Back

reviewed The Two Towers by J.R.R. Tolkien (Lord of the Rings, part 2)

J.R.R. Tolkien: The Two Towers (Paperback, 2002, Houghton Mifflin Company) 4 stars

Frodo and the Companions of the Ring have been beset by danger during their quest …

Review of 'The Two Towers' on Goodreads

4 stars

"The Two Towers" by J.R.R. Tolkien continues the rich, epic journey of "The Fellowship of the Ring," raising the stakes and plunging the heroes deeper into the fight for the fate of Middle Earth. This second volume is filled with memorable characters, rich landscapes, and poetic passages that shines through a somewhat odd and disjointed structure.

In this volume, the Fellowship splits into two parts. Book Three follows Aragorn, Legolas, and Gimli as they chase after Merry and Pippin, kidnapped by Orcs and Urukai from Isengard, into Rohan, a fiercely independent kingdom under attack from Saurman. Book Four follows on parallel the story of Frodo and Sam as they move closer to Mordor to destroy the One Ring in the fires of Mount Doom and along the way, they encounter a malevolent character lurking the shadows.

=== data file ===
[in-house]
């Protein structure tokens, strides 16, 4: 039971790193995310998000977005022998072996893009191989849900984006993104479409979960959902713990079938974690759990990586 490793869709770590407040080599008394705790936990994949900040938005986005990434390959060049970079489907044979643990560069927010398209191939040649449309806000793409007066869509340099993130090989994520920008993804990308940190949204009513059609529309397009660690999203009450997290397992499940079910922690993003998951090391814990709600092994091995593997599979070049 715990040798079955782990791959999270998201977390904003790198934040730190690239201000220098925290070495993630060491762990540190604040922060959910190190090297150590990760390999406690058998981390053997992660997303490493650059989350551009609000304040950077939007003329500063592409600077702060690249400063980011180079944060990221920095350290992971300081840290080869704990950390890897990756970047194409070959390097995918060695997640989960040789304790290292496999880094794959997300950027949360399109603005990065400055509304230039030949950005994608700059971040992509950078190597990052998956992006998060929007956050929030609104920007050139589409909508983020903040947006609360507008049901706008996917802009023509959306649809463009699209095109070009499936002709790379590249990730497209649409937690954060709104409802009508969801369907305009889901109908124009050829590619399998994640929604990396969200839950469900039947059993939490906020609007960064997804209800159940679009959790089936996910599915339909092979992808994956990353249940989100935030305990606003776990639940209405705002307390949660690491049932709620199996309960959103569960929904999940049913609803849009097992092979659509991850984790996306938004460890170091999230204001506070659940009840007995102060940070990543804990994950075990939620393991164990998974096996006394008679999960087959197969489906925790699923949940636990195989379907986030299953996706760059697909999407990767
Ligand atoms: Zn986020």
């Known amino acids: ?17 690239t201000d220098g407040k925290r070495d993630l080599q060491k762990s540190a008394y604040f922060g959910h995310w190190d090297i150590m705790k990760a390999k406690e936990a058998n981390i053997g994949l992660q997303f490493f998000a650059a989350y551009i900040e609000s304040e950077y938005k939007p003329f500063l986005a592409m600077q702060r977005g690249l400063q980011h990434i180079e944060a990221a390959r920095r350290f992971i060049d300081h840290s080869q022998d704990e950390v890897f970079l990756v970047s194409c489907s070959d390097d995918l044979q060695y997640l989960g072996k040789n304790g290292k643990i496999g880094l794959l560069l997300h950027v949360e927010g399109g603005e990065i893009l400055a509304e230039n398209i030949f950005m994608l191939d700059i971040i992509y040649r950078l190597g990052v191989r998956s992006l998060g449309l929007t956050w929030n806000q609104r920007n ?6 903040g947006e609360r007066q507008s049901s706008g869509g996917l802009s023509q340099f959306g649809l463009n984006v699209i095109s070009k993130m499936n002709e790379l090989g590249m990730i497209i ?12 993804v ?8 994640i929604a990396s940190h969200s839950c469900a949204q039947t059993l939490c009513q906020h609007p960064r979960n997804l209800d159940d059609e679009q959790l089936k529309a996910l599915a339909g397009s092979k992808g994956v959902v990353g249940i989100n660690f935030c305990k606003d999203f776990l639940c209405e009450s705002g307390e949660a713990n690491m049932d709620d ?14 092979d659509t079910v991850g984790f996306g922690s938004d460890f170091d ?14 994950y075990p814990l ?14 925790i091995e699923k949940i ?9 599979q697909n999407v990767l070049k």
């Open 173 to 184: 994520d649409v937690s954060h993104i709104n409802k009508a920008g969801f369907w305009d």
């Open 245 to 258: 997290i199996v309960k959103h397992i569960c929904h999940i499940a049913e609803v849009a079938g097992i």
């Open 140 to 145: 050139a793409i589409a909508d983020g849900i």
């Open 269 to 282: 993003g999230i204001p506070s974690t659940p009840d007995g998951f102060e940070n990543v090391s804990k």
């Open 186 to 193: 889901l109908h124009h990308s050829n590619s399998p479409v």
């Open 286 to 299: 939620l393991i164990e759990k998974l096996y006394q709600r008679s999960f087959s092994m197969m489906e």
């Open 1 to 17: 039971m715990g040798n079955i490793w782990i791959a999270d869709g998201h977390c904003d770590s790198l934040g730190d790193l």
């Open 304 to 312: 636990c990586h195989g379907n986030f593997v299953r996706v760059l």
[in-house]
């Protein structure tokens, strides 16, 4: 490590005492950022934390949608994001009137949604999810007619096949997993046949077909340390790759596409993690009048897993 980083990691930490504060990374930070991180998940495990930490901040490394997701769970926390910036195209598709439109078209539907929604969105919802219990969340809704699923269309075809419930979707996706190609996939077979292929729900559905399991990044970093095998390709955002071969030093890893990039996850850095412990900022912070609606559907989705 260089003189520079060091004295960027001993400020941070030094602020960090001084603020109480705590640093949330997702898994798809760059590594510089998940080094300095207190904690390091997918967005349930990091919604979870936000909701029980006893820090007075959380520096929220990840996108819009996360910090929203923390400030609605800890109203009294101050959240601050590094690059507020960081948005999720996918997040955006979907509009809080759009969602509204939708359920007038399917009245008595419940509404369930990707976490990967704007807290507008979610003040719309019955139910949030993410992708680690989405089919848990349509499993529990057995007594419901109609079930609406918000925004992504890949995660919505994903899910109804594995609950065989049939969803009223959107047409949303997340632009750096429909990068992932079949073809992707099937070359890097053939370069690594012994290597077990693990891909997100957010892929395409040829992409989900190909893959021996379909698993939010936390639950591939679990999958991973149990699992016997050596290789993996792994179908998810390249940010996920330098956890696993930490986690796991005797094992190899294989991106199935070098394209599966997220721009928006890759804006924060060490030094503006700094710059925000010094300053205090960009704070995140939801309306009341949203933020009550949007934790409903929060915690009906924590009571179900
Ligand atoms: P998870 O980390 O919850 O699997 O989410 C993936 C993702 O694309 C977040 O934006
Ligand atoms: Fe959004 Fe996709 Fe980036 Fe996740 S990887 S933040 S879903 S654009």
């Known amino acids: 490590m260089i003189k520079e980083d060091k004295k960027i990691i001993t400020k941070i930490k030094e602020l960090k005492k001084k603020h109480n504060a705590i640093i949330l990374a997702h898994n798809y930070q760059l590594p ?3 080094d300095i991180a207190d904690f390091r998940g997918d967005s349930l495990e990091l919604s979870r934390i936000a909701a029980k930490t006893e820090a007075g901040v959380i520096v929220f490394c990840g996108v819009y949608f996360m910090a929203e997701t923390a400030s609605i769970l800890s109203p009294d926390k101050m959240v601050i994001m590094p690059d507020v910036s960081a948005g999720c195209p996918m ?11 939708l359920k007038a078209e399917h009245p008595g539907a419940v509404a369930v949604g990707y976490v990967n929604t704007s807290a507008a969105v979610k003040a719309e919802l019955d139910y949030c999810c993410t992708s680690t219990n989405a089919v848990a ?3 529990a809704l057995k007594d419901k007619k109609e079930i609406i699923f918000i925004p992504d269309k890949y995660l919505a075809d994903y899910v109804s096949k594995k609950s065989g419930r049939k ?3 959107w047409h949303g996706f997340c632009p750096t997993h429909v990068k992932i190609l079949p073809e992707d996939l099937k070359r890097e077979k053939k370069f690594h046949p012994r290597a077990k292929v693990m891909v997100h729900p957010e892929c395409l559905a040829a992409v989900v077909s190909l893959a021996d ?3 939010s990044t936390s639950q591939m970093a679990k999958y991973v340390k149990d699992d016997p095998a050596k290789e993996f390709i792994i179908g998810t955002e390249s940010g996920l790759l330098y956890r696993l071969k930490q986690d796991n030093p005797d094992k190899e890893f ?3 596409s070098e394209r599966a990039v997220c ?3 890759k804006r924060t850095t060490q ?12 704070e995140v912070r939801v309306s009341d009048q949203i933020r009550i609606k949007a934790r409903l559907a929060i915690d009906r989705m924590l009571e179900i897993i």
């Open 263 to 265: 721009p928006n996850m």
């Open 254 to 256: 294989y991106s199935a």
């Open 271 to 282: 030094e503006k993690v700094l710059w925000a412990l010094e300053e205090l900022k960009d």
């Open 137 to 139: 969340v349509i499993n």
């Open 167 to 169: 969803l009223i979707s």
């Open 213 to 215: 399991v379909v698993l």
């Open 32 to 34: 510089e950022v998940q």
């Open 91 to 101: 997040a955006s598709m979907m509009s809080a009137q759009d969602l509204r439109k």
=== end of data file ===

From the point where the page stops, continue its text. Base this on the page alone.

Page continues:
In a previous review of "The Fellowship of the Ring" I commented on the fact that the level of detail in the text makes one forget that they are reading a novel instead of a long-lost history or legend. How can one not be enchanted by the magical details Fangorn Forest, Rohan, Helm's Deep, Gondor, Minas Morgul? Each setting fits like a puzzle together to create a rich tapestry.

What makes this so volume stand out are new characters like Treebeard, Theoden, and Faromir and the new details of characters we have only heard about like Sauruman and Gollum. We also gain deeper insights into the character of Frodo and Sam. Their journey towards Mordor, though less colorful than Book Three, has some of the most well crafted images, characters and concepts of the whole novel. What is clear is that by this point in the story Tolkien has hit his stride and his sheer joy drips from the pages.

However, given these strengths, what ultimately weakens this volume is that while there are many splendid pieces "The Two Towers" feels like the text was written in chunks over the course of time and the radically different focuses of Books Three and Four can be distracting and less satisfying than "The Fellowship of the Ring." Still, an amazing read.